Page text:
You know the claim that Asperger Syndrome (AS) personalities have no empathy? Well, I don’t buy it.
Years ago, a little boy harassed by neighbor kids was told by local buddies to “get lost.” Almost immediately, my son, Henry, spoke up to defend that kid’s right to stick around.
What no one knew at the time was that both the victim and his defender, long after, would be diagnosed as “Aspies.” Henry repeatedly rose to the defense not only of the much more marginalized kid, but of other targets of rejection, often at risk of rejection, himself. In some ways, he seems to have a more sensitive spirit than many “neurotypical” peers when it comes to defending the oppressed.
Yet I can see why, even with Henry, the “empathy challenged” label can be tempting. When a close relative fought against a deadly disease, the relative was deeply wounded that Henry, by then a teenager, never said a word. No “I’m so sorry for you.” No “how are you doing?” No “can I do something for you?” It’s easy to feel at times with Aspies that they could care less if you conk over on the spot. When frustrated at such external impressions, even I at times think he’d only be upset if I up and died during the Super Bowl, as that would be such an inconvenient intrusion.
What our sick relative didn’t know was that when Henry got wind of the illness, he blurted out suddenly, “Don’t tell me about it! I don’t want to know!” As the person on the planet who reads him best, I knew this was not “don’t bother me, I don’t care!” It was, “don’t freak me out! I’m anxious about it already, and don’t know what to do!”
As for caring generally, he also has shown bursts of sensitivity that reveal endearing capacity for attachment and responsiveness. Long before I noted peers doing so, he carefully downloaded favorite music of a couple of buddies to burn on discs he custom-designed for them. This required attentiveness to their listening habits, mental recall, a sense that such a gift would bring them joy, and the time and energy to produce the final product.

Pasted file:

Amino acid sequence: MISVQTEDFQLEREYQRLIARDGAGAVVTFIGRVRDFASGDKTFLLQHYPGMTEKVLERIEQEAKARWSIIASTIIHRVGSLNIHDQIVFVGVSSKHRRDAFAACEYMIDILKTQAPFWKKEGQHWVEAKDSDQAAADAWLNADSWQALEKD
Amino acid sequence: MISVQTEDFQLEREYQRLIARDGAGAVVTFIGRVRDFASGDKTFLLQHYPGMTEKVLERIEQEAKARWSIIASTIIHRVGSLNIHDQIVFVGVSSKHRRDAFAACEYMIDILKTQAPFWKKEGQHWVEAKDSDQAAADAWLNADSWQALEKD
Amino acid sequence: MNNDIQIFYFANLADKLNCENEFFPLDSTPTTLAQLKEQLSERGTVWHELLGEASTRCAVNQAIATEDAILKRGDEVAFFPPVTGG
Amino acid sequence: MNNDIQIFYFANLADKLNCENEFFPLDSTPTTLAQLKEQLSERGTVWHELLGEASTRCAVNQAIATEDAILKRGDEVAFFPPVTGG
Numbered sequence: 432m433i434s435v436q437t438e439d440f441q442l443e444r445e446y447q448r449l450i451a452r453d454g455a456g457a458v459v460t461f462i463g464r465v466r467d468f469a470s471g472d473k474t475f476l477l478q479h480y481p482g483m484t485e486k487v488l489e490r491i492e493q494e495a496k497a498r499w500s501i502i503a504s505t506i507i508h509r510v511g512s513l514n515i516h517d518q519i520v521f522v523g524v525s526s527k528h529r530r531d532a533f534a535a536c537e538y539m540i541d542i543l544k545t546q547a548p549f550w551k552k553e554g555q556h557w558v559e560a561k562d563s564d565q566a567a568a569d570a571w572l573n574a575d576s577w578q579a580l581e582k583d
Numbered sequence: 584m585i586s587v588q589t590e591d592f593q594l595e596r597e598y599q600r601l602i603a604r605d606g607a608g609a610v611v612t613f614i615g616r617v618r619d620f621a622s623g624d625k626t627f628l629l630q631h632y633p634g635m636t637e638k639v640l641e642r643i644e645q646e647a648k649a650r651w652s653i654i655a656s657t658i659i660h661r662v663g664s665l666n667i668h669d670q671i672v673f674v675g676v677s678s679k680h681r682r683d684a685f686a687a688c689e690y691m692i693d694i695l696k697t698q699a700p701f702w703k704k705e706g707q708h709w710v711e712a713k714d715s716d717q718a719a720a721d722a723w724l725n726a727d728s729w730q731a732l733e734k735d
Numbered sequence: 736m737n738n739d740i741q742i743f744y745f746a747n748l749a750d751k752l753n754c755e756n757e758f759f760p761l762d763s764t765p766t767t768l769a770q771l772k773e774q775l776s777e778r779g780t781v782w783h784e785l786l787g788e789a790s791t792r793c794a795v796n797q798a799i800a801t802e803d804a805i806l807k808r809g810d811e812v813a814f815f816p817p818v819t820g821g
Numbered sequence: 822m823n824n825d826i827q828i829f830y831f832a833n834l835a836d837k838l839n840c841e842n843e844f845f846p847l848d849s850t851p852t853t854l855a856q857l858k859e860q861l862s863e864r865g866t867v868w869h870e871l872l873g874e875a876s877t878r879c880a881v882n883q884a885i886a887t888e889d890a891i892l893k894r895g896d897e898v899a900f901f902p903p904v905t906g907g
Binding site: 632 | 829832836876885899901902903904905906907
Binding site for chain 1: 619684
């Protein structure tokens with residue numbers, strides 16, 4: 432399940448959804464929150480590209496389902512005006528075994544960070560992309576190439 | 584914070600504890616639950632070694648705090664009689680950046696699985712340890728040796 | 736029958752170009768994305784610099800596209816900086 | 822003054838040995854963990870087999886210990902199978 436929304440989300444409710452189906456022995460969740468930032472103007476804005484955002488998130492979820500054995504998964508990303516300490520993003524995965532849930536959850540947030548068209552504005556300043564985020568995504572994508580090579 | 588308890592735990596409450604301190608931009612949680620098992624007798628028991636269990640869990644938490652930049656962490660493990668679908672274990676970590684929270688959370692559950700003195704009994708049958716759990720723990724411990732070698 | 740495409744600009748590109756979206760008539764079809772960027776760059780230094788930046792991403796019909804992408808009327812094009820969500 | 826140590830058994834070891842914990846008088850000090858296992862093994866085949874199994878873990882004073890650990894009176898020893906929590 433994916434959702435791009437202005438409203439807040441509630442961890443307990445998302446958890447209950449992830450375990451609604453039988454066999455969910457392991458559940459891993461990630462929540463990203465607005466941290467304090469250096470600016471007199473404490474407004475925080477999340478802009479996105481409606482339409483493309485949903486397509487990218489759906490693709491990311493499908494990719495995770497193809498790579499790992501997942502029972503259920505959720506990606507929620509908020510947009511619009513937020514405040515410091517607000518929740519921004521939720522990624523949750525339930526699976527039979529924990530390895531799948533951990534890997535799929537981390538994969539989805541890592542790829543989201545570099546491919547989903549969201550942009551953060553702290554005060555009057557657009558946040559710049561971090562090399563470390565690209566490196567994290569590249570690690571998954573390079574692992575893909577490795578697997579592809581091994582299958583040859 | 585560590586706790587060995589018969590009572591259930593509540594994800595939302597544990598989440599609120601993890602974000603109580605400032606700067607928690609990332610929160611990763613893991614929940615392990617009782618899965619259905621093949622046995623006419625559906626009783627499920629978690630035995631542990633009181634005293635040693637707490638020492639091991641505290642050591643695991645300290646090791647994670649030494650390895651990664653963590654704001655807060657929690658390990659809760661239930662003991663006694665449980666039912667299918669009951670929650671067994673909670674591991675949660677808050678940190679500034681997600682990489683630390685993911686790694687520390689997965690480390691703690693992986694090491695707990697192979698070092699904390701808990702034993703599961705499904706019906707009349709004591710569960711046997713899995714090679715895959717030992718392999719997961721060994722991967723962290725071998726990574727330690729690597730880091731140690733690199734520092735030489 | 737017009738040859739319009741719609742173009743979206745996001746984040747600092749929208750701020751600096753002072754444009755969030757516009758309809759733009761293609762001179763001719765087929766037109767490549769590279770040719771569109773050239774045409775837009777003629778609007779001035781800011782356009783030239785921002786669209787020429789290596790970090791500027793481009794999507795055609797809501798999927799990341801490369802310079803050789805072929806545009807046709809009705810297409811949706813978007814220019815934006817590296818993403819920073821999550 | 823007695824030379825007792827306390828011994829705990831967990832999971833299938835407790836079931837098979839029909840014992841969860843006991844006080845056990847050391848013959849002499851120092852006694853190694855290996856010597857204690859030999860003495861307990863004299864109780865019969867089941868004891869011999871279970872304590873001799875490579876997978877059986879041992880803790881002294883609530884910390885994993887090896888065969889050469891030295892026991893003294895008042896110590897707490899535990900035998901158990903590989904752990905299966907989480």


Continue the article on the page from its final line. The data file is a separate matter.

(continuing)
I’ve concluded that for AS personalities, the issue is much more a matter of brain than heart. Their minds just don’t “get” signs of others’ grief, fear, anxiety or even joy and affection. How can their hearts respond to what is not seen or understood?
As for our relationship, I realize a mom can be a real pain to any adultish child, perhaps especially when pushing for competencies sabotaged by Asperger neurology. That perception triggered my own perhaps odd reaction last Mother’s Day when Henry gave me a card (yea! connecting move!). “Thank you! How very nice!” I responded to gushy Hallmark language citing my fabulous traits! But then I noted that there are likely some days – those prodding-Mom moments – when he doesn’t think I’m so wonderful.
“Not many,” he said quietly. Not many days he doesn’t treasure his Mom, despite the difficult journey. This came as a very welcome surprise, given emotions locked so tightly within AS personalties. His response was, perhaps, assisted by the Aspie preference for authenticity and verbalized thoughts. Whatever, it was welcome gift to this Mom’s heart, and now helps me better intuit warmth and gratitude so rarely expressed.
For me, that Mother’s Day moment was deeply moving – confirmation that more than Henry shows, love of his family for him does penetrate his awareness.
That reality offers enormous potential as our journey continues for reinforcing strength and diluting inadequacies not just for Henry, but for all the interconnected personalities in this family.